Norton Security 2016: Effective but not extensive
Some people will tell you that Norton is a resource hog; in reality, that hasn’t been true for many years. Indeed, this month Norton Security – the “Internet” has been dropped, implying a broader remit – proved one of the nimblest suites on test. With the software installed, AV-Test found that applications launched a negligible 6% more slowly – a tiny fraction behind Bitdefender’s first-place 4%. An 18% impact on website loading placed it very near the top of the table, too.
The interface is very clean, to the extent of looking a little bare. Norton’s features divide into Security, Identity and Performance. Click on the first of these and a new set of buttons appears allowing you to launch a scan, update the databases and check your history. There’s also a set of toggles, allowing you to configure various real-time protection features: these are all switched on by default, however, and we see no reason why you’d ever want to turn them off. If you want to properly customise Norton Security’s behaviour, you can click to jump into the main Settings interface. Here you’ll find fine-grained controls for determining what gets scanned, and what happens when a suspicious item is found.
The Identity pane opens Norton’s privacy protection features. The headline here is the Norton Identity Safe password manager. It’s a perfectly good tool, and you can use it across all your computers and mobile devices by installing the standalone app on each system. Since the app is free, however, its inclusion here doesn’t add much value to Norton Security. You’ll also find settings for Norton Safe Web, a browser extension that blocks malicious pages and adds rating icons to web search results, so you can steer clear of dodgy sites.
Norton’s security features are complemented by a handful of Performance tools: we’re sorry to say, we found these entirely useless. The disk defragmenter is superfluous, since there’s a perfectly good defragger built into Windows. The File Cleanup module sounds like it might help you free up some valuable disk space, but all it does is clear out temporary files left over from updating the OS and applications; the Disk Cleanup tool that’s built into Windows actually does a better job.
The final performance feature is the Startup Manager. This shows you all the various processes that run automatically when Windows starts up, and lets you disable or delay them, to improve boot time and reduce the number of background programs eating up your resources. For each process, you can see a trust rating assigned by Norton, but there’s no information about what it actually does, so deciding what to disable is a shot in the dark. You might as well use the startup controls built into the Windows Task Manager.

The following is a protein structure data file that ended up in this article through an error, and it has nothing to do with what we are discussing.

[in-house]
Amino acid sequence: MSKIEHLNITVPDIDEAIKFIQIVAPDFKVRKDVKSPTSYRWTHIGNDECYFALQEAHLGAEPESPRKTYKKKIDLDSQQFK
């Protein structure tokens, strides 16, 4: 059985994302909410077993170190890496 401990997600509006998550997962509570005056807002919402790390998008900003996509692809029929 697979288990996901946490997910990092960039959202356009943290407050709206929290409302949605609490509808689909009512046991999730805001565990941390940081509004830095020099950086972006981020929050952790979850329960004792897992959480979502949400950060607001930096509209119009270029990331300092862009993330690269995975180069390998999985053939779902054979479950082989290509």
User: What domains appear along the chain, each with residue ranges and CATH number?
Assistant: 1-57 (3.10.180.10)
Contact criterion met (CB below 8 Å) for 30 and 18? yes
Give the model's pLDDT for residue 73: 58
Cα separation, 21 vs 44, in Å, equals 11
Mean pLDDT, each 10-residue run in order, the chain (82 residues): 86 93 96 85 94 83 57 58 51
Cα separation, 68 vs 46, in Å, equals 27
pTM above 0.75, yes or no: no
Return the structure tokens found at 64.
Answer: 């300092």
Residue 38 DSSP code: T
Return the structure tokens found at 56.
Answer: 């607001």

The last link in Norton Security’s front-end is labelled “More Norton”. Click it and you’ll be invited to try out various online services, including the free Norton Family. This is Symantec’s parental control offering, allowing you to restrict PC usage by time and block specific bits of information from being shared online. Two distinctive features are the ability to review your child’s search terms, and for kids to interactively request exceptions if they want to access a blocked site that they think should be available. As usual, though, smartphone usage monitoring and location tracking are premium features; you’ll need the Family Premier app, which costs a steep £30 per year.
There’s a link to Symantec’s online management portal too, which lets you manage subscriptions and licences across your various devices. You can’t actually control or configure your applications from here, though: if you’re looking for the option to remotely check settings or review scan histories then you’ll be disappointed.
Norton Security 2016: Verdict
Next to Kaspersky Internet Security and its battery of practical security tools, Norton Security looks and feels somewhat lightweight. But while the suite may be short on bells and whistles, we can’t complain about its effectiveness. AV-Test found that Norton achieved a flawless 100% protection rate against both zero-day threats and established malware – a performance marred only slightly by a handful of false positives.
In light of which, the price isn’t bad. It doesn’t exactly feel like great value when several of the features are of limited use, and others are available for free. But if you’re looking for a highly configurable package to sit in the background and keep you safe, Norton Security is a strong contender indeed.